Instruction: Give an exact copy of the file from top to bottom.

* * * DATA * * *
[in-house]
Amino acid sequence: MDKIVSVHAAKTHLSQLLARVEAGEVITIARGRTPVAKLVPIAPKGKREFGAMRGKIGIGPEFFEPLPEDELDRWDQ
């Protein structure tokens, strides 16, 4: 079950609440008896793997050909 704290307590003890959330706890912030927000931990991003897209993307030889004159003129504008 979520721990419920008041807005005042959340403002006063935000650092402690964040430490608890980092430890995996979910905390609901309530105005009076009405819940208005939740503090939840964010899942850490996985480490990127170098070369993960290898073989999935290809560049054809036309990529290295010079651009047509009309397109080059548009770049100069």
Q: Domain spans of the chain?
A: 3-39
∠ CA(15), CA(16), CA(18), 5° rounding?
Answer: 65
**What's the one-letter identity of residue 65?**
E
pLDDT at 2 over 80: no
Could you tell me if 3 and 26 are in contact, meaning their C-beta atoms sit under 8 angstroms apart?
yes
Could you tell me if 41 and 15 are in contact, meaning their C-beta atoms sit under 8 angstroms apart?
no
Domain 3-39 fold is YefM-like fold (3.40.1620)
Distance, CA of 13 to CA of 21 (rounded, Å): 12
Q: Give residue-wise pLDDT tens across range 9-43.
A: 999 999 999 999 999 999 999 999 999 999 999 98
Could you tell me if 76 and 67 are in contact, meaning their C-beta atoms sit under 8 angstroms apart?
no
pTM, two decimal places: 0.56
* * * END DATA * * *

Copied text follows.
[in-house]
Amino acid sequence: MDKIVSVHAAKTHLSQLLARVEAGEVITIARGRTPVAKLVPIAPKGKREFGAMRGKIGIGPEFFEPLPEDELDRWDQ
């Protein structure tokens, strides 16, 4: 079950609440008896793997050909 704290307590003890959330706890912030927000931990991003897209993307030889004159003129504008 979520721990419920008041807005005042959340403002006063935000650092402690964040430490608890980092430890995996979910905390609901309530105005009076009405819940208005939740503090939840964010899942850490996985480490990127170098070369993960290898073989999935290809560049054809036309990529290295010079651009047509009309397109080059548009770049100069």
Q: Domain spans of the chain?
A: 3-39
∠ CA(15), CA(16), CA(18), 5° rounding?
Answer: 65
**What's the one-letter identity of residue 65?**
E
pLDDT at 2 over 80: no
Could you tell me if 3 and 26 are in contact, meaning their C-beta atoms sit under 8 angstroms apart?
yes
Could you tell me if 41 and 15 are in contact, meaning their C-beta atoms sit under 8 angstroms apart?
no
Domain 3-39 fold is YefM-like fold (3.40.1620)
Distance, CA of 13 to CA of 21 (rounded, Å): 12
Q: Give residue-wise pLDDT tens across range 9-43.
A: 999 999 999 999 999 999 999 999 999 999 999 98
Could you tell me if 76 and 67 are in contact, meaning their C-beta atoms sit under 8 angstroms apart?
no
pTM, two decimal places: 0.56